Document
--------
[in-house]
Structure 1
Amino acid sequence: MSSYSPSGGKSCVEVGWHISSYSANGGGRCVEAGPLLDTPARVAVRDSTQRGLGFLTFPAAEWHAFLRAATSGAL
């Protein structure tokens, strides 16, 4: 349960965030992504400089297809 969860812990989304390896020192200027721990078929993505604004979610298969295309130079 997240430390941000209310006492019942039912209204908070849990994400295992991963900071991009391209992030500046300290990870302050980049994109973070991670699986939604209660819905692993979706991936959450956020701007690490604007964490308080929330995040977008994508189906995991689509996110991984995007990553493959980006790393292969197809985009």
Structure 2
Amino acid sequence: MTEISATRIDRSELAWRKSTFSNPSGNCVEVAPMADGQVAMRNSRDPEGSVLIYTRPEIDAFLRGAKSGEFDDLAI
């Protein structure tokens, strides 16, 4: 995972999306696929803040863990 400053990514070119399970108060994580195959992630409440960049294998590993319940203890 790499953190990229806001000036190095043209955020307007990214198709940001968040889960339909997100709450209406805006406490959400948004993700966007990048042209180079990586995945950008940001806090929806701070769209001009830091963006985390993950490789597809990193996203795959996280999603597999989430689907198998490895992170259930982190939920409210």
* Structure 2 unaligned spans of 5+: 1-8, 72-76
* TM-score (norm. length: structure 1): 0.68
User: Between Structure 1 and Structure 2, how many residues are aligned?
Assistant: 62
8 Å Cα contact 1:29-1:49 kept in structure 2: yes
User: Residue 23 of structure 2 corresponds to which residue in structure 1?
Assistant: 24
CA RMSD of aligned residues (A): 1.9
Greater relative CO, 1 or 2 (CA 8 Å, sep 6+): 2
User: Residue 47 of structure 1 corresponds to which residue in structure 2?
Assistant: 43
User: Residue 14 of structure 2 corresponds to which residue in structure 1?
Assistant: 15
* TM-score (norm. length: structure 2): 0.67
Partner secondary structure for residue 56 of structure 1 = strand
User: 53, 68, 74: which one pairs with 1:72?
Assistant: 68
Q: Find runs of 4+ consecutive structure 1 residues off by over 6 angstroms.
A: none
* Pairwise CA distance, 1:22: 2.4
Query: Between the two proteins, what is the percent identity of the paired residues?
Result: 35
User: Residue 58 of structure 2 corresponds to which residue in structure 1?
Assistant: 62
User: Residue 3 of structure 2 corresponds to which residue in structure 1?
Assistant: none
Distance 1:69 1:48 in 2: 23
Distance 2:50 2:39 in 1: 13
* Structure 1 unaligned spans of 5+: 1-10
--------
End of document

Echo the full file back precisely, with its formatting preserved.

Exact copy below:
[in-house]
Structure 1
Amino acid sequence: MSSYSPSGGKSCVEVGWHISSYSANGGGRCVEAGPLLDTPARVAVRDSTQRGLGFLTFPAAEWHAFLRAATSGAL
């Protein structure tokens, strides 16, 4: 349960965030992504400089297809 969860812990989304390896020192200027721990078929993505604004979610298969295309130079 997240430390941000209310006492019942039912209204908070849990994400295992991963900071991009391209992030500046300290990870302050980049994109973070991670699986939604209660819905692993979706991936959450956020701007690490604007964490308080929330995040977008994508189906995991689509996110991984995007990553493959980006790393292969197809985009």
Structure 2
Amino acid sequence: MTEISATRIDRSELAWRKSTFSNPSGNCVEVAPMADGQVAMRNSRDPEGSVLIYTRPEIDAFLRGAKSGEFDDLAI
């Protein structure tokens, strides 16, 4: 995972999306696929803040863990 400053990514070119399970108060994580195959992630409440960049294998590993319940203890 790499953190990229806001000036190095043209955020307007990214198709940001968040889960339909997100709450209406805006406490959400948004993700966007990048042209180079990586995945950008940001806090929806701070769209001009830091963006985390993950490789597809990193996203795959996280999603597999989430689907198998490895992170259930982190939920409210």
* Structure 2 unaligned spans of 5+: 1-8, 72-76
* TM-score (norm. length: structure 1): 0.68
User: Between Structure 1 and Structure 2, how many residues are aligned?
Assistant: 62
8 Å Cα contact 1:29-1:49 kept in structure 2: yes
User: Residue 23 of structure 2 corresponds to which residue in structure 1?
Assistant: 24
CA RMSD of aligned residues (A): 1.9
Greater relative CO, 1 or 2 (CA 8 Å, sep 6+): 2
User: Residue 47 of structure 1 corresponds to which residue in structure 2?
Assistant: 43
User: Residue 14 of structure 2 corresponds to which residue in structure 1?
Assistant: 15
* TM-score (norm. length: structure 2): 0.67
Partner secondary structure for residue 56 of structure 1 = strand
User: 53, 68, 74: which one pairs with 1:72?
Assistant: 68
Q: Find runs of 4+ consecutive structure 1 residues off by over 6 angstroms.
A: none
* Pairwise CA distance, 1:22: 2.4
Query: Between the two proteins, what is the percent identity of the paired residues?
Result: 35
User: Residue 58 of structure 2 corresponds to which residue in structure 1?
Assistant: 62
User: Residue 3 of structure 2 corresponds to which residue in structure 1?
Assistant: none
Distance 1:69 1:48 in 2: 23
Distance 2:50 2:39 in 1: 13
* Structure 1 unaligned spans of 5+: 1-10